The author tells the story with humour and compassion, making it hard for the reader to put the book down. We know what is going to happen to Chani and Baruch, but we are eager for details - and this is what we get: an insight into the fraught wedding preparations, the interactions of two sets of incompatible parents and the turbulent life of an onlooker, the Rebbetzin (the wife of the Rabbi who is to perform the ceremony.)

Eve Harris leads us into a world of families with many children ("even the love Chani received was of the hand-me-down kind"). She explains the expectations of marriage ("A good Yiddisher girl to stir the cholent and light their Shabbos candles. An instant wife - just add water.") She has got under the skin of these Jews, understanding not only their customs but their social motivation.
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2 of 2 people found the following review helpful
Format:Kindle Edition|Verified Purchase
This is a great read populated by warm, complex, beautifully described characters that you really care about. A wonderful insight into a hidden world but with universal resonance.
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Most Recent Customer Reviews
1.0 out of 5 stars One Star
Very interesting and an enjoyable book.
Published 5 days ago by Louise
4.0 out of 5 stars Fascinating
Not an easy read, emotionally and in other ways. But the writing is good and engaging and conveys a story of a lifestyle unfamiliar to many. Read more
Published 8 days ago by Mrs. Diane M. Hellyer
4.0 out of 5 stars a good read
I get the impression this book gives you quite an accurate insight into a section of the ultra orthodox Jewish community and shows that they are just the same as any other... Read more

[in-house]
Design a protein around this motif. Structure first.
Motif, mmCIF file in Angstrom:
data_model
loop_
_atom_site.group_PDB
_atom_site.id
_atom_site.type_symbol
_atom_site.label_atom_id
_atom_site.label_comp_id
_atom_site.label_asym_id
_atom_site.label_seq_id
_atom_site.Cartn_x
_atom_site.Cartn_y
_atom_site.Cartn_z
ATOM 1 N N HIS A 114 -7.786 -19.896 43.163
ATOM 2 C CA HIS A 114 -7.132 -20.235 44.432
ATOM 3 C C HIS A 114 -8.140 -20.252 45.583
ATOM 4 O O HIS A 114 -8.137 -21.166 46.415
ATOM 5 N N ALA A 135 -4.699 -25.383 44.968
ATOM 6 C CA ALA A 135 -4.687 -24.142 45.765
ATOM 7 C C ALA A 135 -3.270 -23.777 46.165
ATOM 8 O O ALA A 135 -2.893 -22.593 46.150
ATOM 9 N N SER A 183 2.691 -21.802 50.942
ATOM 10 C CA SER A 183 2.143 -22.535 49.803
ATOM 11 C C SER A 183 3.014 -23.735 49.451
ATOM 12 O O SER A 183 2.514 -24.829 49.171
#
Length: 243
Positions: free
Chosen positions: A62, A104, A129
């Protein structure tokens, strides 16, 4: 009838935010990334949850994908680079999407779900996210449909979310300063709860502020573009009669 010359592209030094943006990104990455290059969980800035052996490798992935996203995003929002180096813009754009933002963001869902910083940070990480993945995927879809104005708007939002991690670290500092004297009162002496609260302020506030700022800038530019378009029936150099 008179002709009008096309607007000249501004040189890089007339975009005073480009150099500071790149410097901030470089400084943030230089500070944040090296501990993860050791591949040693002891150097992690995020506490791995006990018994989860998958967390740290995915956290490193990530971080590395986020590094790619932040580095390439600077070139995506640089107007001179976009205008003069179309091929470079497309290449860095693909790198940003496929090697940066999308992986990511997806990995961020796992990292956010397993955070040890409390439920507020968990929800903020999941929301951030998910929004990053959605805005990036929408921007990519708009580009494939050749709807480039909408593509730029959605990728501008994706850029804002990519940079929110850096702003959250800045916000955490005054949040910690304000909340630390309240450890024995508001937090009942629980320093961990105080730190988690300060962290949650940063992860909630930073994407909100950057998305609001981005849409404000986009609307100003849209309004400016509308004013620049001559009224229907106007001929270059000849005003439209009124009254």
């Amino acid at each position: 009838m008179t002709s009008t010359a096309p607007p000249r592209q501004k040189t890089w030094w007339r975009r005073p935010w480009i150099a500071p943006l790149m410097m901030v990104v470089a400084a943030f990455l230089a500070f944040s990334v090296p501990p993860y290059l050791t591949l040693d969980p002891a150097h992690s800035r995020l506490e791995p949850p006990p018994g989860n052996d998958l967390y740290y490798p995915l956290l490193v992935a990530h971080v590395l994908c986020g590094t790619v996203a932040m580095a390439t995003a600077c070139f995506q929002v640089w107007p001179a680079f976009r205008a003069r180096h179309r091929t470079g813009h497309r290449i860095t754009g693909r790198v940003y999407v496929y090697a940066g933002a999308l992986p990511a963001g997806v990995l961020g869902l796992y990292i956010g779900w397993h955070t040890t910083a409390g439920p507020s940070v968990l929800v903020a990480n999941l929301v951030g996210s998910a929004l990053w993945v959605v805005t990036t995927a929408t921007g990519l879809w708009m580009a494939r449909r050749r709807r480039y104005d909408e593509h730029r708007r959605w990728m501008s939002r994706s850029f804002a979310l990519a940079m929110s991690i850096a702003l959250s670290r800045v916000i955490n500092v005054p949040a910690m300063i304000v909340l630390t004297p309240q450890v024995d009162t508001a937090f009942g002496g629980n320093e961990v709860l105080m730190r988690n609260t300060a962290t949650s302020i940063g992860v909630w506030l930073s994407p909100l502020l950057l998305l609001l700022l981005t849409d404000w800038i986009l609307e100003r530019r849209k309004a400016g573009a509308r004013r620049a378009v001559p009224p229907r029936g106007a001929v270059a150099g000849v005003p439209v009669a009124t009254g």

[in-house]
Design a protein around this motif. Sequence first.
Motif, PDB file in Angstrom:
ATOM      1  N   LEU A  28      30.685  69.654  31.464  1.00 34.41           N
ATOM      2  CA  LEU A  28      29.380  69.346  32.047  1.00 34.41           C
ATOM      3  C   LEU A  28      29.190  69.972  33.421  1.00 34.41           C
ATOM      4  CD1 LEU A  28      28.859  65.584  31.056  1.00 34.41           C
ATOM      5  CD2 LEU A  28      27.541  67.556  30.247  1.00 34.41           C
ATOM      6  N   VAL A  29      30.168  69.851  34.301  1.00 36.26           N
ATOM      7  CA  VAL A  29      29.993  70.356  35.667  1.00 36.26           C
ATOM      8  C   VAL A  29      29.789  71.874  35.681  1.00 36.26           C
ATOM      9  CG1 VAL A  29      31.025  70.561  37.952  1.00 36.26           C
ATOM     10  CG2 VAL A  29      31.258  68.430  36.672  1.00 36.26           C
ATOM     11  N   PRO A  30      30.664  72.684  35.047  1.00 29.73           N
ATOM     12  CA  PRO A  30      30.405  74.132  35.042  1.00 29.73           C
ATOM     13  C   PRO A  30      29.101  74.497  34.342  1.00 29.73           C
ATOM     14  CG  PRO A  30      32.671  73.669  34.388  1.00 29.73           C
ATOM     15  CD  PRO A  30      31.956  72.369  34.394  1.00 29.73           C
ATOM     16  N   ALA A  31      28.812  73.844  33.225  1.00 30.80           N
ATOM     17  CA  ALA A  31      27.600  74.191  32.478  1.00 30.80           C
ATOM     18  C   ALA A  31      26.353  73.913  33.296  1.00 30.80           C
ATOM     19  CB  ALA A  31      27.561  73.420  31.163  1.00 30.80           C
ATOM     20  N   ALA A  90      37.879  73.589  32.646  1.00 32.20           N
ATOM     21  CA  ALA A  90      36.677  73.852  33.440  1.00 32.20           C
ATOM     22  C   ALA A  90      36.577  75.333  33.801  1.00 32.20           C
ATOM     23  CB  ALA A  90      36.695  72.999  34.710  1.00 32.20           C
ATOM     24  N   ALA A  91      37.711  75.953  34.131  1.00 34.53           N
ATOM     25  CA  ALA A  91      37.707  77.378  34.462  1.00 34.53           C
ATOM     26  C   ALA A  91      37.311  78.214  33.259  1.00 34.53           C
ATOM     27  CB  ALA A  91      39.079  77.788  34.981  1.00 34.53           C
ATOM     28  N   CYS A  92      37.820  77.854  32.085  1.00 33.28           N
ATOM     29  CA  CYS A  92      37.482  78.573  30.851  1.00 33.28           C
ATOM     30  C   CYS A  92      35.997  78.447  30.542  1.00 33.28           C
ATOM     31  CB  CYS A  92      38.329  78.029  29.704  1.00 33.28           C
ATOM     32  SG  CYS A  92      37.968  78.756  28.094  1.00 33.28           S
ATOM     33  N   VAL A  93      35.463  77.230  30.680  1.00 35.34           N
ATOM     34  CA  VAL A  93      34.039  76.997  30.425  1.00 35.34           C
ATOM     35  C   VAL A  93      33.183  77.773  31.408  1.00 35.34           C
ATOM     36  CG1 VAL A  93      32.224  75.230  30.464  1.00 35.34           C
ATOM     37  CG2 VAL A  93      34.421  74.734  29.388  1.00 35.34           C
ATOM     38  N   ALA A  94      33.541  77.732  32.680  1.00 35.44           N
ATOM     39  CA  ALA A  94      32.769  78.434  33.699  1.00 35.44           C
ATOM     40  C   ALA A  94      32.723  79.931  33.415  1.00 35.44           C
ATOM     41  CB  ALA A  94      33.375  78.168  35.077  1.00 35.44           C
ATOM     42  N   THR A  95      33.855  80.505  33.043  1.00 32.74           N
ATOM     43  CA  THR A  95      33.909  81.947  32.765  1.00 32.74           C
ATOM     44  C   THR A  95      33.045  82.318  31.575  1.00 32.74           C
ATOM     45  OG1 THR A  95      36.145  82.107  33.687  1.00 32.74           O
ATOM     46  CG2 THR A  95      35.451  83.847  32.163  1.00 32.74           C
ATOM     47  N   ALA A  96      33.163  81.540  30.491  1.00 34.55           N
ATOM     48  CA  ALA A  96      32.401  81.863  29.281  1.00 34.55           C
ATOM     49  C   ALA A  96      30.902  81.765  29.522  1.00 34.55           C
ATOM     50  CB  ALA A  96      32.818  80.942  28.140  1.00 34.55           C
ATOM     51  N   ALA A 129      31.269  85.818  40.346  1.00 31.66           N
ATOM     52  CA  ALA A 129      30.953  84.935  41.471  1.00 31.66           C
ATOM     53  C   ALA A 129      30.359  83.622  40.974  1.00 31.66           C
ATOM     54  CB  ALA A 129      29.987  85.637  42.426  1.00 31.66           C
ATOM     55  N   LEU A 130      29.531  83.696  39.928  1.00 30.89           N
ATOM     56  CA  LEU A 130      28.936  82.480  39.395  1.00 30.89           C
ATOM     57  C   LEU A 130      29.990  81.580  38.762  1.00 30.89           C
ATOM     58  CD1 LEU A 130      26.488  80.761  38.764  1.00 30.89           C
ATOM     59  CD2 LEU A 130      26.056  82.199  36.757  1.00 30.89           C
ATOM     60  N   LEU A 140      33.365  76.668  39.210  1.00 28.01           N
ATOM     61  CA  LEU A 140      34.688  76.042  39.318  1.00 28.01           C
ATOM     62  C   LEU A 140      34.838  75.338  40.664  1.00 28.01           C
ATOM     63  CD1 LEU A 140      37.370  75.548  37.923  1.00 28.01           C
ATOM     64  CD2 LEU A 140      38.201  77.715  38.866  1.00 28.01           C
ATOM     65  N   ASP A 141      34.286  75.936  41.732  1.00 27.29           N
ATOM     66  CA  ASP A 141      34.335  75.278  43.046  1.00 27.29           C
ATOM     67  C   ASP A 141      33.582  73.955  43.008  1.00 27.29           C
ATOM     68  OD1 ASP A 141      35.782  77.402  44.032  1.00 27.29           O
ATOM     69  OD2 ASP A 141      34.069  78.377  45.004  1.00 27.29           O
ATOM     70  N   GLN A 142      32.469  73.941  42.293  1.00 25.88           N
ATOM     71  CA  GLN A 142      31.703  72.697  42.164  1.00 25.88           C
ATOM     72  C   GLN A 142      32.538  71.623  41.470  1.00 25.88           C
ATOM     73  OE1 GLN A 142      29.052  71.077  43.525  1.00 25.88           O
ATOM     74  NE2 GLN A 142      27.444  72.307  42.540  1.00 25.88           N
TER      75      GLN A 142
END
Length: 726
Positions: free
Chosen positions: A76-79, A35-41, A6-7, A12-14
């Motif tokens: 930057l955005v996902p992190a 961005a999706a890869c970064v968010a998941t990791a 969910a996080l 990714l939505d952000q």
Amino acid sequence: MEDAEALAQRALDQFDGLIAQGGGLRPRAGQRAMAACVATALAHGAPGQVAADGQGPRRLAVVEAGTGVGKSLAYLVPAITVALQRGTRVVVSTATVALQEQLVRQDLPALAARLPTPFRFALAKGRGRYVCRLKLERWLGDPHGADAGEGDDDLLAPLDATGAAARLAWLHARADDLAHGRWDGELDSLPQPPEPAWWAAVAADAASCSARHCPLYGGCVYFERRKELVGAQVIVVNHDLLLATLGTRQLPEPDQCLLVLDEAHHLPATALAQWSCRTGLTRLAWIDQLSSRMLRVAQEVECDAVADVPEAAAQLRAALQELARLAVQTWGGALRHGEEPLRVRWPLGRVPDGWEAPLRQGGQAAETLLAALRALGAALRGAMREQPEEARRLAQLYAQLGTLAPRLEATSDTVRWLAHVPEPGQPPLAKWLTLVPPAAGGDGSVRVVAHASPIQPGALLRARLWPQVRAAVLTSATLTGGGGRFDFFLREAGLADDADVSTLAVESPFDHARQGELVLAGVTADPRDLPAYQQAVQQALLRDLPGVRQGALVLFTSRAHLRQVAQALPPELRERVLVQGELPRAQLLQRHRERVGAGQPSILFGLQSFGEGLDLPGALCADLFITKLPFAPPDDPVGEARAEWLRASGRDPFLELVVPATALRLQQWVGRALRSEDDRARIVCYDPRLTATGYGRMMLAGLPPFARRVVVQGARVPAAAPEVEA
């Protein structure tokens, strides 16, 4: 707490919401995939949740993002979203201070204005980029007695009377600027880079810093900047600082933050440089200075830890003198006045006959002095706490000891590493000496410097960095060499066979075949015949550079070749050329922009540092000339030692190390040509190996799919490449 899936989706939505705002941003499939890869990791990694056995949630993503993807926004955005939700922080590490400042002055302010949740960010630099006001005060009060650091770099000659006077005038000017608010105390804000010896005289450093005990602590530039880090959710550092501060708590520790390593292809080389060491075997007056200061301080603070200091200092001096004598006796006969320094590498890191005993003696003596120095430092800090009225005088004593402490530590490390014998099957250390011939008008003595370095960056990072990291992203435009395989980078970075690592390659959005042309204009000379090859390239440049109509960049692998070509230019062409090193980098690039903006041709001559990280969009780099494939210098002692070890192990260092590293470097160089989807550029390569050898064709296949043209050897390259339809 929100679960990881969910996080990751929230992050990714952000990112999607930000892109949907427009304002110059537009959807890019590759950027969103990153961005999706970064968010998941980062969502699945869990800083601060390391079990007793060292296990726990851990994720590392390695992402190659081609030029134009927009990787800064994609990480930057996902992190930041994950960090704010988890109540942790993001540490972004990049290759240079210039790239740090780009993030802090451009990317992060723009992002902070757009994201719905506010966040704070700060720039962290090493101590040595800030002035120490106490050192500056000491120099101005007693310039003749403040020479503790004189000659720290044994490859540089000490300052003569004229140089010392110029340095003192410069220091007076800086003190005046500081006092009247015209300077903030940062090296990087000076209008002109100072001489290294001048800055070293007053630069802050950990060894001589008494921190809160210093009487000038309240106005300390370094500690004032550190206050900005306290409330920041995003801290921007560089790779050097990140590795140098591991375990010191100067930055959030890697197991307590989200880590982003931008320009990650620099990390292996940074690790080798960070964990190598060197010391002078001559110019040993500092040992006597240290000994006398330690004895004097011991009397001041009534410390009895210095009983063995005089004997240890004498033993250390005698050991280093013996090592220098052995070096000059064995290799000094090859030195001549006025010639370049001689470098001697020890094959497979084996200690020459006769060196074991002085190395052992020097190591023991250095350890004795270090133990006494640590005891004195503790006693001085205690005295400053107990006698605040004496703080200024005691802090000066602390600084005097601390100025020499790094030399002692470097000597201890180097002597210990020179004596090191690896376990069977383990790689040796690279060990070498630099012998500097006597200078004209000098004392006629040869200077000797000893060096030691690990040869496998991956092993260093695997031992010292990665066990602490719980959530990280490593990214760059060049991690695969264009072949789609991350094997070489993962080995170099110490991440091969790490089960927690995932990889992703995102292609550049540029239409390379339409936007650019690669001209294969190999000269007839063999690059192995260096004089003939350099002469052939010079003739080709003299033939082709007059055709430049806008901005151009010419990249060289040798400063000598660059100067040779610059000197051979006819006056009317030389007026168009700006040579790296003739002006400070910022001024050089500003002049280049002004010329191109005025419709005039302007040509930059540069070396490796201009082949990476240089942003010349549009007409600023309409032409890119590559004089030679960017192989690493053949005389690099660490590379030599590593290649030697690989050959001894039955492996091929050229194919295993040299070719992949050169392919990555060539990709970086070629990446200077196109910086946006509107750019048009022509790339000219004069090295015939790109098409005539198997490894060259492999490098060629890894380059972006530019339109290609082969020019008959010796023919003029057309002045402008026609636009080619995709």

Published 10 days ago by L. Rosswick
2.0 out of 5 stars flat
2d characters who are there for us to learn more about conservative Judaism rather than being part of a gripping tale
Published 27 days ago by Diana Bruce
3.0 out of 5 stars Its OK
This was highly recommended and talked about but I am afraid to say that although I finished it, I didn't really believe in some of the characters or the situations.
Published 1 month ago by Carol Ellis
3.0 out of 5 stars Just about okay
I won't go into a summary of the story and that has already been done lots of times. I read this book as we chose it as a book club read because of all the good reviews it... Read more
Published 1 month ago by I. Picornell
5.0 out of 5 stars First fiction I have read in ages
I found this book highly readable and offering a deeper understanding of the true lives of these people - really good.
Published 1 month ago by Denise Marion Sawyer
5.0 out of 5 stars Great informative read
Loved this book. the emotions experienced by Chani and Baruch were so heartfelt and True. I didn't want this story to end. I would dearly like to know what came next for them. Read more
Published 1 month ago by Pam
5.0 out of 5 stars Brilliant!
Fantastic read, beautifully written and an insightful glimpse into another world that I didn't know much about. Well worth a read.
Published 1 month ago by csmith
1.0 out of 5 stars Loved the book. It wa.
Enjoyable informative. Would like to know more about the Rabbetzin at the end. It left it handing in the air.
Published 2 months ago by susan horton